An Indonesian district in West Java, Garut, has started a unique program to support reforestation. As reported by Reuters, any couple planning to get married must give ten trees to local authorities for reforestation efforts before marriage will be legally sanctioned.
But it’s not just married couples that must support reforestation. Couples filing for divorce must provide at least one tree, according to Wibowo, the district secretary. The new rules are due to budget difficulties within the Garut district government, after the central government launched a plan to plant a million trees across Indonesia
Currently Indonesia has the highest rate of deforestation in Asia and second only to Brazil globally. The nation is also the largest source of greenhouse gas from deforestation and land use change due to the destruction of its particularly carbon-rich forests and peatlands. This steady deforestation has made Indonesia third in rank of greenhouse gas emissions following industrial behemoths like China and the United States.
Conversion of peatlands and deforestation in Indonesia is largely driven by logging and industrial oil palm plantations.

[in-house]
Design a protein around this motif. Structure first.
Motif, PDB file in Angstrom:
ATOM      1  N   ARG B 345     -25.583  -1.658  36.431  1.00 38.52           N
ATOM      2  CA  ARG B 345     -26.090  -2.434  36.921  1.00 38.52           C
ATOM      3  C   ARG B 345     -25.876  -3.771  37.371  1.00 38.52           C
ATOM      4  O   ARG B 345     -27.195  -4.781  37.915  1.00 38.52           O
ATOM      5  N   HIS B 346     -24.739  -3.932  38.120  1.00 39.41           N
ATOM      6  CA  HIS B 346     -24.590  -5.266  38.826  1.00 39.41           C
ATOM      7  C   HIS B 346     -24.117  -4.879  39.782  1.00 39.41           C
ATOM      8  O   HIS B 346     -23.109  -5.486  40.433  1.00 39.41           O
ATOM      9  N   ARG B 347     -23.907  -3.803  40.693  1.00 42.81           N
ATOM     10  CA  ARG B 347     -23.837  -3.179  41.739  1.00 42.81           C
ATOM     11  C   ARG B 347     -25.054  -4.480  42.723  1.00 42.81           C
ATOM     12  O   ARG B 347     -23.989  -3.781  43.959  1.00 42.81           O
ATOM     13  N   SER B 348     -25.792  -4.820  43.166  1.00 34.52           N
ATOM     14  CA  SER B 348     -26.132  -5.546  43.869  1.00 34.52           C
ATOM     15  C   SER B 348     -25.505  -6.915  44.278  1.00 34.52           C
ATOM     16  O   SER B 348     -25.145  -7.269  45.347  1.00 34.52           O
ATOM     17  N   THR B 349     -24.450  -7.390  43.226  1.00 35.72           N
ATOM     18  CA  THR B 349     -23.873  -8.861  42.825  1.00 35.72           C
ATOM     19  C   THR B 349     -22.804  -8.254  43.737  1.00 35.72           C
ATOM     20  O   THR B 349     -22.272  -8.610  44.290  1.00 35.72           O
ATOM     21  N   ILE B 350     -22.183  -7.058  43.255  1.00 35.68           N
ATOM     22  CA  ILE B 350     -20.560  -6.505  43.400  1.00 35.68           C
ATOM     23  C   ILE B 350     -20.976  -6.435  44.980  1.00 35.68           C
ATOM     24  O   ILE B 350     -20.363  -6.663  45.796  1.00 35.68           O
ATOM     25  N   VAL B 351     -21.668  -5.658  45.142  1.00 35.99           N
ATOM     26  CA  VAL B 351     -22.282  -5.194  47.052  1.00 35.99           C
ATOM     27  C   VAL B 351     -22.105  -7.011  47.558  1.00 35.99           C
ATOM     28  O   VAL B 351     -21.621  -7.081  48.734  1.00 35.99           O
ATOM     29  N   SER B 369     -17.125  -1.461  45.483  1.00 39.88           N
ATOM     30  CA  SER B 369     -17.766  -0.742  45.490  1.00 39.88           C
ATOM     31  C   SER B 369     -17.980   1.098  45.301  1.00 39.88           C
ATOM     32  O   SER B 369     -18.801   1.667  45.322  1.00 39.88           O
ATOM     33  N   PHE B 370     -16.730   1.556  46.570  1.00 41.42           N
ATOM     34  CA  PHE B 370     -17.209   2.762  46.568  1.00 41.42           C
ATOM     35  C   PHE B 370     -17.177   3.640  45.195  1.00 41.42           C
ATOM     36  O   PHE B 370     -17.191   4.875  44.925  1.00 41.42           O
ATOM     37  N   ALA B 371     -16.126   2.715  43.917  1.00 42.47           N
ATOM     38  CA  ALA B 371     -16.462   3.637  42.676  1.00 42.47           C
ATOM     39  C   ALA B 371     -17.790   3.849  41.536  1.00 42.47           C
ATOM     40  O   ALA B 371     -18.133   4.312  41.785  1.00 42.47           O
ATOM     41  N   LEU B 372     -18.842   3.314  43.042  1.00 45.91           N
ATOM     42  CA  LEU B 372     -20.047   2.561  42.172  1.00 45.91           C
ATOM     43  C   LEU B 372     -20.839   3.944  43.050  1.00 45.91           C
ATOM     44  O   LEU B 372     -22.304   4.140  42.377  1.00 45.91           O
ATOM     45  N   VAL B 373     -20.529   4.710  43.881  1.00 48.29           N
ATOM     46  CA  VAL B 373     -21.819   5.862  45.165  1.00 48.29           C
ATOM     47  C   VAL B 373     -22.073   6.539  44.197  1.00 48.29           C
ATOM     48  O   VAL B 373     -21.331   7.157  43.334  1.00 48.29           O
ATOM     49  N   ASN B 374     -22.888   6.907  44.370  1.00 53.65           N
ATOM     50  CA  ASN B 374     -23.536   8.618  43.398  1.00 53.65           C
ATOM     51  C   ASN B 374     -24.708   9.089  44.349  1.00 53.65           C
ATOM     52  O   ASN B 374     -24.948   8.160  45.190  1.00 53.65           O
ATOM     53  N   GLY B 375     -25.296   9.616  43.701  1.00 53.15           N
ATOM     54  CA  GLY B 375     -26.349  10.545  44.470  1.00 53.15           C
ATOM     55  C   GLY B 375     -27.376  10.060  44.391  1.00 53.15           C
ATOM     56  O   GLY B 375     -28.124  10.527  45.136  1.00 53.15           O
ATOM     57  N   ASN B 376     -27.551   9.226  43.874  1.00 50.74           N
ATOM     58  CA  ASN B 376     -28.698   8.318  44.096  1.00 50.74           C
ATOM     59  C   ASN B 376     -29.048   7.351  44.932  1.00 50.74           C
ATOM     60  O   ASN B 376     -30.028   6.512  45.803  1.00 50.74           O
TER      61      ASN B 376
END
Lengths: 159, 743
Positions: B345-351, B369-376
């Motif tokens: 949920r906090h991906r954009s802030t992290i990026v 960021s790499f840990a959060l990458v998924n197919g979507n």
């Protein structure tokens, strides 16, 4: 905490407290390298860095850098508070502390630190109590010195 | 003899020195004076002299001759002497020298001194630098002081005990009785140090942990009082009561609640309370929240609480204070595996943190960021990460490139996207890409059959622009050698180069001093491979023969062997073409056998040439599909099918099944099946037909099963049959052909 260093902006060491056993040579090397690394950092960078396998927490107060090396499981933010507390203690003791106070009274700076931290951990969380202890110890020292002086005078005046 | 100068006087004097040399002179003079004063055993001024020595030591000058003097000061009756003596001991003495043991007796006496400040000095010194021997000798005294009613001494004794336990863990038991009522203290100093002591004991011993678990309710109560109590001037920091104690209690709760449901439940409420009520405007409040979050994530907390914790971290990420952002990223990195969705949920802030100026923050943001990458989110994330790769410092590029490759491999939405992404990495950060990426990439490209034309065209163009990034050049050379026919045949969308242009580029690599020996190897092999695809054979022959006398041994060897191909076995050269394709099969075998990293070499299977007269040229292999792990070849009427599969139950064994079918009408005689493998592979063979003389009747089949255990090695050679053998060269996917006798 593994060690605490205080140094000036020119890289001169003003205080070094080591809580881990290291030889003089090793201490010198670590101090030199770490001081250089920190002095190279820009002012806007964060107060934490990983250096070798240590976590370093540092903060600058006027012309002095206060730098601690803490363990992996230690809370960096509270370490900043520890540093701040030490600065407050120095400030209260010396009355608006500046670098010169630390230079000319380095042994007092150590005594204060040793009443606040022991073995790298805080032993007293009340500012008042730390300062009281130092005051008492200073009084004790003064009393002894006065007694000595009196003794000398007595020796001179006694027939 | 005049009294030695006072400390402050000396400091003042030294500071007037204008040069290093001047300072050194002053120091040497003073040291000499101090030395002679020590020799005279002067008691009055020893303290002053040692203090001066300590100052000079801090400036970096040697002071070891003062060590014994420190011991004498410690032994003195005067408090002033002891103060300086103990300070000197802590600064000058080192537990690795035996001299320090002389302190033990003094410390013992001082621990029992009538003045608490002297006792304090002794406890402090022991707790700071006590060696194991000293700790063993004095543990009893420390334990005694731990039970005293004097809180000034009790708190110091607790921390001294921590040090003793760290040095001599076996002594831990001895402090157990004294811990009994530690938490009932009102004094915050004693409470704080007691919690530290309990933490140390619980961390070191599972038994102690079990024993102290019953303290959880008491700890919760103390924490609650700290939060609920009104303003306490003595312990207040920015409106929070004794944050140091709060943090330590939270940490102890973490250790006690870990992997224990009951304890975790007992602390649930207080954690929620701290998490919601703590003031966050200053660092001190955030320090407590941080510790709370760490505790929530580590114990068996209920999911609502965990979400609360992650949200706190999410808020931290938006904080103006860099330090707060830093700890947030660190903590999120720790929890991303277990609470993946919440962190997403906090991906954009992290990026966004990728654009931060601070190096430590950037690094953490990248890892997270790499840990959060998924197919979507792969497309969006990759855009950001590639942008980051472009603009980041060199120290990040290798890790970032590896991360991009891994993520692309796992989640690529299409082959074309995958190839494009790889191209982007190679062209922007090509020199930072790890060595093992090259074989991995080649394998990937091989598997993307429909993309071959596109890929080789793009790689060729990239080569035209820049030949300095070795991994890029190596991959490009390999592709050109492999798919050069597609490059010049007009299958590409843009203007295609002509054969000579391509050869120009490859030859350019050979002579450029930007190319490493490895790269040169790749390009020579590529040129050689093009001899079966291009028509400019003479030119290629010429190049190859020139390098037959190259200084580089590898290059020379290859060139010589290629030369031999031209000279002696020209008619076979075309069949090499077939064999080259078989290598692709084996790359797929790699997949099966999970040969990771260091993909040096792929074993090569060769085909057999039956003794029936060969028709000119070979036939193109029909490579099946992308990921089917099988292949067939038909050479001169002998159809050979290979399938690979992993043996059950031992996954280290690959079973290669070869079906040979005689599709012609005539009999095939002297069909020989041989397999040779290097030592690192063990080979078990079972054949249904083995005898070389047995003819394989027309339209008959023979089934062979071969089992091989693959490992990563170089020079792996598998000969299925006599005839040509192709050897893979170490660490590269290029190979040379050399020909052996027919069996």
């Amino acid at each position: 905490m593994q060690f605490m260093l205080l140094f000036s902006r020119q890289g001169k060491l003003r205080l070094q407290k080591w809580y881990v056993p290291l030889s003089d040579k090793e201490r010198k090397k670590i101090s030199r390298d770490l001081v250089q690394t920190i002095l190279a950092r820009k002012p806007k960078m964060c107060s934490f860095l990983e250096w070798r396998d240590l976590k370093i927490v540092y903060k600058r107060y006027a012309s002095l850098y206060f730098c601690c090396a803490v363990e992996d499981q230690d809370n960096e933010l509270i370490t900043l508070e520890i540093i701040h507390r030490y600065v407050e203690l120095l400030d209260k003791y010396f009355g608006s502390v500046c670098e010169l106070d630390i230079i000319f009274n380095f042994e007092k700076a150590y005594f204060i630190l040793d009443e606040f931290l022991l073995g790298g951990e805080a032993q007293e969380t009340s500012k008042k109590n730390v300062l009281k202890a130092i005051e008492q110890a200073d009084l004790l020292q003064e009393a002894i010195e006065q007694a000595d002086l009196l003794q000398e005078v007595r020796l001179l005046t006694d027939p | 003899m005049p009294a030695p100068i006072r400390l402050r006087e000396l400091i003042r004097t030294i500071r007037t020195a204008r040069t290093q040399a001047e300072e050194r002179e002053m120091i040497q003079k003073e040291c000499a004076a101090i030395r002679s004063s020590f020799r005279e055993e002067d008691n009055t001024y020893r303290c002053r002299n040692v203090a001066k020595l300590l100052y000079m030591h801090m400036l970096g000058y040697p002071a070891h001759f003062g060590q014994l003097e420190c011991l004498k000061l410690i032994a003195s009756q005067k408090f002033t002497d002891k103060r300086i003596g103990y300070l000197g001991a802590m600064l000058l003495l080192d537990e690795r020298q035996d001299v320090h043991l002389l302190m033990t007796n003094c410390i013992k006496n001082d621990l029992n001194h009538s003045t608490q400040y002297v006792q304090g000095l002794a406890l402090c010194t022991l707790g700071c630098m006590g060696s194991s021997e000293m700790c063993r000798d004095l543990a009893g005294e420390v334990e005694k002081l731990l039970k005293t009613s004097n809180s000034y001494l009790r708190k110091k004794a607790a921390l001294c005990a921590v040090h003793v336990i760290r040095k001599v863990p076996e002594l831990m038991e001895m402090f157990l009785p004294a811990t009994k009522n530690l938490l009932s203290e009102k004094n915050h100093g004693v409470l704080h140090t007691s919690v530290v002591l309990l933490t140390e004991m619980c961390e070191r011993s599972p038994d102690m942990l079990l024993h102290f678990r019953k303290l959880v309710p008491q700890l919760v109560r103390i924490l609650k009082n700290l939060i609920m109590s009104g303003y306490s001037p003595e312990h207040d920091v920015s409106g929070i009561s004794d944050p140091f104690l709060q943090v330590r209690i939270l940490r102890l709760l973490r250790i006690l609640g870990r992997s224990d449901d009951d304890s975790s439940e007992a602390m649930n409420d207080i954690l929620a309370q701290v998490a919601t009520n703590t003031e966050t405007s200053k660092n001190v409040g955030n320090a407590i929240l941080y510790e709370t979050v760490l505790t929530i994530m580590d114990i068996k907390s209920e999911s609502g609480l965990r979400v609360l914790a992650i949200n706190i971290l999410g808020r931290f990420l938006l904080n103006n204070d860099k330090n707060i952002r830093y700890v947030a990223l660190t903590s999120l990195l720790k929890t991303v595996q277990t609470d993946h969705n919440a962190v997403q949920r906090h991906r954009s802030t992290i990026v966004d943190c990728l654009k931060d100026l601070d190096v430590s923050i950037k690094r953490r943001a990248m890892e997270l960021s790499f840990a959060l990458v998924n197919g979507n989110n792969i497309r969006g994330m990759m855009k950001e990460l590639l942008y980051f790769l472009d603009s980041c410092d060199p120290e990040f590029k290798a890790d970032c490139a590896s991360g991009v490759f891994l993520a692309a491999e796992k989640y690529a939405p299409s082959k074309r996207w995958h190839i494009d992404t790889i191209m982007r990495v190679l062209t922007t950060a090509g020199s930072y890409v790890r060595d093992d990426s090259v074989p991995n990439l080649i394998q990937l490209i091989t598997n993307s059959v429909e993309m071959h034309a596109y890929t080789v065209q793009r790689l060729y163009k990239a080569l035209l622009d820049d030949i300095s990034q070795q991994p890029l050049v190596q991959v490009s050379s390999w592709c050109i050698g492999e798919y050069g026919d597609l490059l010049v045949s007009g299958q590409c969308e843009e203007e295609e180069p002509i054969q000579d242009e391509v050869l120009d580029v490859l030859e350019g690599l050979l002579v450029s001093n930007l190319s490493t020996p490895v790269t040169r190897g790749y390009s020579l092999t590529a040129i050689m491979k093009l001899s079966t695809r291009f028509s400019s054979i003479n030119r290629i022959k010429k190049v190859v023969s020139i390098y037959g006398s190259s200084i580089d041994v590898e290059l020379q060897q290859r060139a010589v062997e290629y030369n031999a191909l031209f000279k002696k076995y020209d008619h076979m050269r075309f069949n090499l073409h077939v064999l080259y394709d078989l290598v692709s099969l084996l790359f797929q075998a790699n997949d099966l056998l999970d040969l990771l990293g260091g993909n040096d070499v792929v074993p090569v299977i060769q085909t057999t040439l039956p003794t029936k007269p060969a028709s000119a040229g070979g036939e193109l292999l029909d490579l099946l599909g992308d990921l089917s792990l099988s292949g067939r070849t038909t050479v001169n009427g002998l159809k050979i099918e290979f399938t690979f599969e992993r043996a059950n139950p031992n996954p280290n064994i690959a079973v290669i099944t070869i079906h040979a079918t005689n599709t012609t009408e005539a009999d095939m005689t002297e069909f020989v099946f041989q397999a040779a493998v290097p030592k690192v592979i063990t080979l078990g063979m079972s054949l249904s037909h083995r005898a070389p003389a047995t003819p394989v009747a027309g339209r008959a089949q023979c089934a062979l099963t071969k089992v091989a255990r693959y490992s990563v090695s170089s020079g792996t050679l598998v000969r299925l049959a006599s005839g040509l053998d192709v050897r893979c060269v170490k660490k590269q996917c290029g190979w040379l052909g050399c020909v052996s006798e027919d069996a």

Reforestation has been increasingly encouraged by environmentalists as one of the most effective ways to mitigate climate change, aid beleaguered biodiversity, and protect essential ecosystem services such as clean water, seed dispersal, and rainfall.
Indonesia applies for REDD partnership to protect forests
Indonesia has applied to join the World Bank’s Forest Carbon Partnership Facility, becoming the largest developing country to apply to a program that seeks to reduce greenhouse gas emissions by saving tropical forests, reports Reuters.
Clinton, Obama botch opportunity on climate, forest conservation
The Obama administration squandered a chance this week to show U.S. leadership on climate and forest conservation issues, when Secretary of State Hillary Clinton, during a visit to Jakarta, failed to bring up a new Indonesian government decree allowing conversion of carbon-rich peat forests to oil-palm plantations.
Indonesia confirms that peatlands will be converted for plantations
Indonesia’s Minister for the Environment has approved a decree that will allow the conversion of carbon-rich peatlands for oil palm plantations, reports The Jakarta Post.
New model uses carbon credits, sustainable palm oil to save Indonesia’s rainforests
The World Resources Institute (WRI) has launched an innovative avoided deforestation model that aims to deter conversion of Indonesian rainforest for oil palm plantations. The project, dubbed “POTICO” (Palm Oil, TImber, Carbon Offsets), integrates sustainable palm oil, FSC-certified timber, and carbon offsets in order to “divert new oil palm plantations onto degraded lands and bring the forests that were slated for conversion into certified sustainable forestry”.